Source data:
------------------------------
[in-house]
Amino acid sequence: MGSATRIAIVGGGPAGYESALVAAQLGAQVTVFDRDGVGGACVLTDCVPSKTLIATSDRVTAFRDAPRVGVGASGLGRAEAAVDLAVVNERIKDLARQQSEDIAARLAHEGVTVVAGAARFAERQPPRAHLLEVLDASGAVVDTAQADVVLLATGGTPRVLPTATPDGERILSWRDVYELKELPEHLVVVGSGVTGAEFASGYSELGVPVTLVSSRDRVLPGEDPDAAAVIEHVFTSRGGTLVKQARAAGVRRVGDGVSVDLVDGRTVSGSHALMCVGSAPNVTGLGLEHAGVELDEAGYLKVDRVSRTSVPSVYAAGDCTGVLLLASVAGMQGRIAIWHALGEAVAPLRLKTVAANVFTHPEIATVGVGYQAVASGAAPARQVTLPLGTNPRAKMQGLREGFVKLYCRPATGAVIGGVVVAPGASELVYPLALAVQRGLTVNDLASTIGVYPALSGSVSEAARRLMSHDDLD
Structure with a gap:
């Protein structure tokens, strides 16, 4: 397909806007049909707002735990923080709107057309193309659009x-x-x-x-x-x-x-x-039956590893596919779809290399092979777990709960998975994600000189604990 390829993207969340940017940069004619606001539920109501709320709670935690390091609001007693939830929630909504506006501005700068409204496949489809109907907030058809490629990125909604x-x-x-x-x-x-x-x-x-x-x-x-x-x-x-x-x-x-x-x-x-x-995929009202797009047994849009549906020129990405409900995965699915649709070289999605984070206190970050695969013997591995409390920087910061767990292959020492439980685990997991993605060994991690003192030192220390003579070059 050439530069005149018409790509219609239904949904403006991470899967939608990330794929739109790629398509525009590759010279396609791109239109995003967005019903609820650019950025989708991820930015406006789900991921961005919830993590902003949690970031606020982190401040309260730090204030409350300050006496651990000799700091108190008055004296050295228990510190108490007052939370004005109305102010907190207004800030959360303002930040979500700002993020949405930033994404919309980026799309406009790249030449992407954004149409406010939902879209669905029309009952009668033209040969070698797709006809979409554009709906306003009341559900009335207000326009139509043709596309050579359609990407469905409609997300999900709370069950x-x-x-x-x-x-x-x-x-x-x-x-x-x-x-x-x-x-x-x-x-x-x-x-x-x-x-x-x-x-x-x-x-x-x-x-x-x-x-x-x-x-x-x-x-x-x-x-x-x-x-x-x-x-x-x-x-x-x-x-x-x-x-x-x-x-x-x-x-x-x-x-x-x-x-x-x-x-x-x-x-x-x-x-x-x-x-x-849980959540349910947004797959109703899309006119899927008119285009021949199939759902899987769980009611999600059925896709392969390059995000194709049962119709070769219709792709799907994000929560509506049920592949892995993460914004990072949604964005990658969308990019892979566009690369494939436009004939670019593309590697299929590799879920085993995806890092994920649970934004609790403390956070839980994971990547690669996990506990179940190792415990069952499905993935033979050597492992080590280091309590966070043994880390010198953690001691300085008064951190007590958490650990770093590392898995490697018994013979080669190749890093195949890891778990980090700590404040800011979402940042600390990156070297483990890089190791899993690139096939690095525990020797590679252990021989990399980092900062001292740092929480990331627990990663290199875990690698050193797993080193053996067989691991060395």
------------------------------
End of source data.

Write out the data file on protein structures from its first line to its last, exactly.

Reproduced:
[in-house]
Amino acid sequence: MGSATRIAIVGGGPAGYESALVAAQLGAQVTVFDRDGVGGACVLTDCVPSKTLIATSDRVTAFRDAPRVGVGASGLGRAEAAVDLAVVNERIKDLARQQSEDIAARLAHEGVTVVAGAARFAERQPPRAHLLEVLDASGAVVDTAQADVVLLATGGTPRVLPTATPDGERILSWRDVYELKELPEHLVVVGSGVTGAEFASGYSELGVPVTLVSSRDRVLPGEDPDAAAVIEHVFTSRGGTLVKQARAAGVRRVGDGVSVDLVDGRTVSGSHALMCVGSAPNVTGLGLEHAGVELDEAGYLKVDRVSRTSVPSVYAAGDCTGVLLLASVAGMQGRIAIWHALGEAVAPLRLKTVAANVFTHPEIATVGVGYQAVASGAAPARQVTLPLGTNPRAKMQGLREGFVKLYCRPATGAVIGGVVVAPGASELVYPLALAVQRGLTVNDLASTIGVYPALSGSVSEAARRLMSHDDLD
Structure with a gap:
């Protein structure tokens, strides 16, 4: 397909806007049909707002735990923080709107057309193309659009x-x-x-x-x-x-x-x-039956590893596919779809290399092979777990709960998975994600000189604990 390829993207969340940017940069004619606001539920109501709320709670935690390091609001007693939830929630909504506006501005700068409204496949489809109907907030058809490629990125909604x-x-x-x-x-x-x-x-x-x-x-x-x-x-x-x-x-x-x-x-x-x-995929009202797009047994849009549906020129990405409900995965699915649709070289999605984070206190970050695969013997591995409390920087910061767990292959020492439980685990997991993605060994991690003192030192220390003579070059 050439530069005149018409790509219609239904949904403006991470899967939608990330794929739109790629398509525009590759010279396609791109239109995003967005019903609820650019950025989708991820930015406006789900991921961005919830993590902003949690970031606020982190401040309260730090204030409350300050006496651990000799700091108190008055004296050295228990510190108490007052939370004005109305102010907190207004800030959360303002930040979500700002993020949405930033994404919309980026799309406009790249030449992407954004149409406010939902879209669905029309009952009668033209040969070698797709006809979409554009709906306003009341559900009335207000326009139509043709596309050579359609990407469905409609997300999900709370069950x-x-x-x-x-x-x-x-x-x-x-x-x-x-x-x-x-x-x-x-x-x-x-x-x-x-x-x-x-x-x-x-x-x-x-x-x-x-x-x-x-x-x-x-x-x-x-x-x-x-x-x-x-x-x-x-x-x-x-x-x-x-x-x-x-x-x-x-x-x-x-x-x-x-x-x-x-x-x-x-x-x-x-x-x-x-x-x-849980959540349910947004797959109703899309006119899927008119285009021949199939759902899987769980009611999600059925896709392969390059995000194709049962119709070769219709792709799907994000929560509506049920592949892995993460914004990072949604964005990658969308990019892979566009690369494939436009004939670019593309590697299929590799879920085993995806890092994920649970934004609790403390956070839980994971990547690669996990506990179940190792415990069952499905993935033979050597492992080590280091309590966070043994880390010198953690001691300085008064951190007590958490650990770093590392898995490697018994013979080669190749890093195949890891778990980090700590404040800011979402940042600390990156070297483990890089190791899993690139096939690095525990020797590679252990021989990399980092900062001292740092929480990331627990990663290199875990690698050193797993080193053996067989691991060395």